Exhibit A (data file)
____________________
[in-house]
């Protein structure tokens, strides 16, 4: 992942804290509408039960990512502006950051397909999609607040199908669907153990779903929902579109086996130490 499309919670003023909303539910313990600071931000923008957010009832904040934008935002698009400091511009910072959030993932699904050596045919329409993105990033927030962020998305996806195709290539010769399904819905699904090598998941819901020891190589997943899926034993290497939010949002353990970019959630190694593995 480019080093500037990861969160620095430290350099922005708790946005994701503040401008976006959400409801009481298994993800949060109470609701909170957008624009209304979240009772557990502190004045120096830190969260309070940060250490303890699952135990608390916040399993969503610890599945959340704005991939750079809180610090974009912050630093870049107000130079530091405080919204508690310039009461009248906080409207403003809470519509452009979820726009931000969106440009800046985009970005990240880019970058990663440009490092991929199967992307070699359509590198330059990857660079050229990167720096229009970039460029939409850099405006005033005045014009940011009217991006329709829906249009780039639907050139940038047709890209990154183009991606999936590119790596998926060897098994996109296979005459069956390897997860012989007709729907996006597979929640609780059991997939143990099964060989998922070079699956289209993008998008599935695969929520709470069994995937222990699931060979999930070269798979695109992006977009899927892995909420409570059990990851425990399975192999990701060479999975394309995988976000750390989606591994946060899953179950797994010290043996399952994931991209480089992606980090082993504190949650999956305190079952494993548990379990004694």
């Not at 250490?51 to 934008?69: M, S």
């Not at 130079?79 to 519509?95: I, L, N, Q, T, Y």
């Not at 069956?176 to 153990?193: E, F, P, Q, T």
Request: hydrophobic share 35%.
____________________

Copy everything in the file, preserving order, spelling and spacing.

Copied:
[in-house]
């Protein structure tokens, strides 16, 4: 992942804290509408039960990512502006950051397909999609607040199908669907153990779903929902579109086996130490 499309919670003023909303539910313990600071931000923008957010009832904040934008935002698009400091511009910072959030993932699904050596045919329409993105990033927030962020998305996806195709290539010769399904819905699904090598998941819901020891190589997943899926034993290497939010949002353990970019959630190694593995 480019080093500037990861969160620095430290350099922005708790946005994701503040401008976006959400409801009481298994993800949060109470609701909170957008624009209304979240009772557990502190004045120096830190969260309070940060250490303890699952135990608390916040399993969503610890599945959340704005991939750079809180610090974009912050630093870049107000130079530091405080919204508690310039009461009248906080409207403003809470519509452009979820726009931000969106440009800046985009970005990240880019970058990663440009490092991929199967992307070699359509590198330059990857660079050229990167720096229009970039460029939409850099405006005033005045014009940011009217991006329709829906249009780039639907050139940038047709890209990154183009991606999936590119790596998926060897098994996109296979005459069956390897997860012989007709729907996006597979929640609780059991997939143990099964060989998922070079699956289209993008998008599935695969929520709470069994995937222990699931060979999930070269798979695109992006977009899927892995909420409570059990990851425990399975192999990701060479999975394309995988976000750390989606591994946060899953179950797994010290043996399952994931991209480089992606980090082993504190949650999956305190079952494993548990379990004694």
């Not at 250490?51 to 934008?69: M, S």
């Not at 130079?79 to 519509?95: I, L, N, Q, T, Y």
């Not at 069956?176 to 153990?193: E, F, P, Q, T």
Request: hydrophobic share 35%.